How to: Use Finally Blocks

When an exception occurs, execution stops and control is given to the closest exception handler. This often means that lines of code you expect to always be called are not executed. Some resource cleanup, such as closing a file, must always be executed even if an exception is thrown. To accomplish this, you can use a finally block. A finally block is always executed, regardless of whether an exception is thrown.

The following code example uses a try/catch block to catch an ArgumentOutOfRangeException. The Main method creates two arrays and attempts to copy one to the other. The action generates an ArgumentOutOfRangeException and the error is written to the console. The finally block executes regardless of the outcome of the copy action.


Imports System
Class ArgumentOutOfRangeExample
   Public Shared Sub Main()
      Dim array1 As Integer() =  {0, 0}
      Dim array2 As Integer() =  {0, 0}
         Array.Copy(array1, array2, - 1)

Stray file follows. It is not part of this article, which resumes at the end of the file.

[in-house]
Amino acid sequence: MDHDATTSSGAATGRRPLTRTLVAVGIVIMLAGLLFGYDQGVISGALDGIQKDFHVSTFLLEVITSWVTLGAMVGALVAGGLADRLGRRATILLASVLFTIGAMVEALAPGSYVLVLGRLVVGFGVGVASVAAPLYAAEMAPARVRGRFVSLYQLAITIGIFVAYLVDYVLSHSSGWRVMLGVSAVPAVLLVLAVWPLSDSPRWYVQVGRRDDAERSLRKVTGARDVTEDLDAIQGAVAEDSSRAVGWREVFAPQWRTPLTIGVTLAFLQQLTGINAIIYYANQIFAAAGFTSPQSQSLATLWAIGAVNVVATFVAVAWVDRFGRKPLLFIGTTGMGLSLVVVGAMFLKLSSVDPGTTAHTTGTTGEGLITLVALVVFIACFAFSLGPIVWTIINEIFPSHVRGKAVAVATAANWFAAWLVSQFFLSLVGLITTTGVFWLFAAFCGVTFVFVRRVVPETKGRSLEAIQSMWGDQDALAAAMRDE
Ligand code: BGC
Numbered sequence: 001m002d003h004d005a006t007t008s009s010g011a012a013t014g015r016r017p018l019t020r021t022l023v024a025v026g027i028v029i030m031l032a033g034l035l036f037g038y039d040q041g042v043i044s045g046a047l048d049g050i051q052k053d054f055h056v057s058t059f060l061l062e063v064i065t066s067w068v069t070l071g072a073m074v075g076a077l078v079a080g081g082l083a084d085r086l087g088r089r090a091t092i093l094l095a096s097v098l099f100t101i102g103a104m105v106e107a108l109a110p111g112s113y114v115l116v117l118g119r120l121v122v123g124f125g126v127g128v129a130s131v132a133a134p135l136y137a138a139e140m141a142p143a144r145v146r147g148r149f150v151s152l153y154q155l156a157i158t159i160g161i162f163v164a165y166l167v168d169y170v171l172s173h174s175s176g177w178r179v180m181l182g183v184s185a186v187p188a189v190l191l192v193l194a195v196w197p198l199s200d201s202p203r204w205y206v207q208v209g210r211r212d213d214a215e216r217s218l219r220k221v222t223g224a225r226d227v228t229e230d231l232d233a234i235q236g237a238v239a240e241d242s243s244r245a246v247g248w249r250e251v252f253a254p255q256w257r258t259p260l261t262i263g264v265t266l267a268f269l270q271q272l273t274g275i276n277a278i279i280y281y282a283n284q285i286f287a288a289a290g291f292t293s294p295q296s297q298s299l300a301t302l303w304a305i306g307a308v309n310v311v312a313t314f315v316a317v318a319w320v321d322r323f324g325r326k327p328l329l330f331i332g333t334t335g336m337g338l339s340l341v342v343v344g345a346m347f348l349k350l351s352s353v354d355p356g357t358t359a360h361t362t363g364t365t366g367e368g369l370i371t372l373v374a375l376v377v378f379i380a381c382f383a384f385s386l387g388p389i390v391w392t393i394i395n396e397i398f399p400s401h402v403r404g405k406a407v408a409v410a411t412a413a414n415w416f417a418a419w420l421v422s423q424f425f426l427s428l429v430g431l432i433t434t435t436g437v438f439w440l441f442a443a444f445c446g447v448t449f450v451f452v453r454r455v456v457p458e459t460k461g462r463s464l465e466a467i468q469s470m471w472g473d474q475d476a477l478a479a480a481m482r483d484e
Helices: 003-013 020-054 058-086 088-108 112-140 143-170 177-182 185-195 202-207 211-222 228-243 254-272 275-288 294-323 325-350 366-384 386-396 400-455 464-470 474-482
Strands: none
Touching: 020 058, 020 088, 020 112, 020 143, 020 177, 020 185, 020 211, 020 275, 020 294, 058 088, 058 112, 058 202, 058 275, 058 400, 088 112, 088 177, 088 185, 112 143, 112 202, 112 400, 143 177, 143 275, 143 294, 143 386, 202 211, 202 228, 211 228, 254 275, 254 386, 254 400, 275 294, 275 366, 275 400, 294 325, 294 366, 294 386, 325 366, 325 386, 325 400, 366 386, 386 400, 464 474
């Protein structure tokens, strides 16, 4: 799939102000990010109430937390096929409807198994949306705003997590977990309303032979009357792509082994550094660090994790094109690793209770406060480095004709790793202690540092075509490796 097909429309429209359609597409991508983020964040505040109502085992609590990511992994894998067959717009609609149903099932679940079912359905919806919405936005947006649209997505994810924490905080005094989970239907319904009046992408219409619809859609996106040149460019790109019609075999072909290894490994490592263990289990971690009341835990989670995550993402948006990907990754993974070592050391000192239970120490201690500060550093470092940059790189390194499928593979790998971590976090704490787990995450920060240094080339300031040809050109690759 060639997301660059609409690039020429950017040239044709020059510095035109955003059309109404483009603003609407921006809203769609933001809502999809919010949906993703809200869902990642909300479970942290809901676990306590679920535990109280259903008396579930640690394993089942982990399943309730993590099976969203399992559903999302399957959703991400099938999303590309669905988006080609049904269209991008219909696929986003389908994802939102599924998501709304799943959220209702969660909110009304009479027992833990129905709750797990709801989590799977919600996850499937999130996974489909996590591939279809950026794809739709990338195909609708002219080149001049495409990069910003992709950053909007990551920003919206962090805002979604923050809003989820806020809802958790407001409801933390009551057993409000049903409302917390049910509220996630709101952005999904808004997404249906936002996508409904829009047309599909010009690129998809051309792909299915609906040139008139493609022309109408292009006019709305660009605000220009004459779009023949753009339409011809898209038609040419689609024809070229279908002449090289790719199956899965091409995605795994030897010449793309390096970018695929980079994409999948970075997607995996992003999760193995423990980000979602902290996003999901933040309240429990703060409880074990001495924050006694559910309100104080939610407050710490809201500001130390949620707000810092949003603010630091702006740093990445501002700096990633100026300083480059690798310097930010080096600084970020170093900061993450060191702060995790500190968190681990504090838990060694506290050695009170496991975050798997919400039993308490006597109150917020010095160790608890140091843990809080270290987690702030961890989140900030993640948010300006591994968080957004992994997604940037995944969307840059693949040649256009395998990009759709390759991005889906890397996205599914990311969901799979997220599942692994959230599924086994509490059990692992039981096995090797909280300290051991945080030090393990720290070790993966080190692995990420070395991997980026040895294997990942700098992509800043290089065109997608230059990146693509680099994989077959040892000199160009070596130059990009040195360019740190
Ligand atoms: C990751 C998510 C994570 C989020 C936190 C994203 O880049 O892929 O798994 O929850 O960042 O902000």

Catch e As ArgumentOutOfRangeException
         Console.WriteLine("Error: {0}", e)
         Console.WriteLine("This statement is always executed.")
      End Try
   End Sub 'Main
End Class 'ArgumentOutOfRangeExample
using System;
class ArgumentOutOfRangeExample
   static public void Main()
      int[] array1={0,0};
      int[] array2={0,0};
         catch (ArgumentOutOfRangeException e)
         Console.WriteLine("Error: {0}",e);
         Console.WriteLine("This statement is always executed.");

See Also


How to: Use the Try/Catch Block to Catch Exceptions

How to: Explicitly Throw Exceptions

How to: Create User-Defined Exceptions

Other Resources

Exception Handling Fundamentals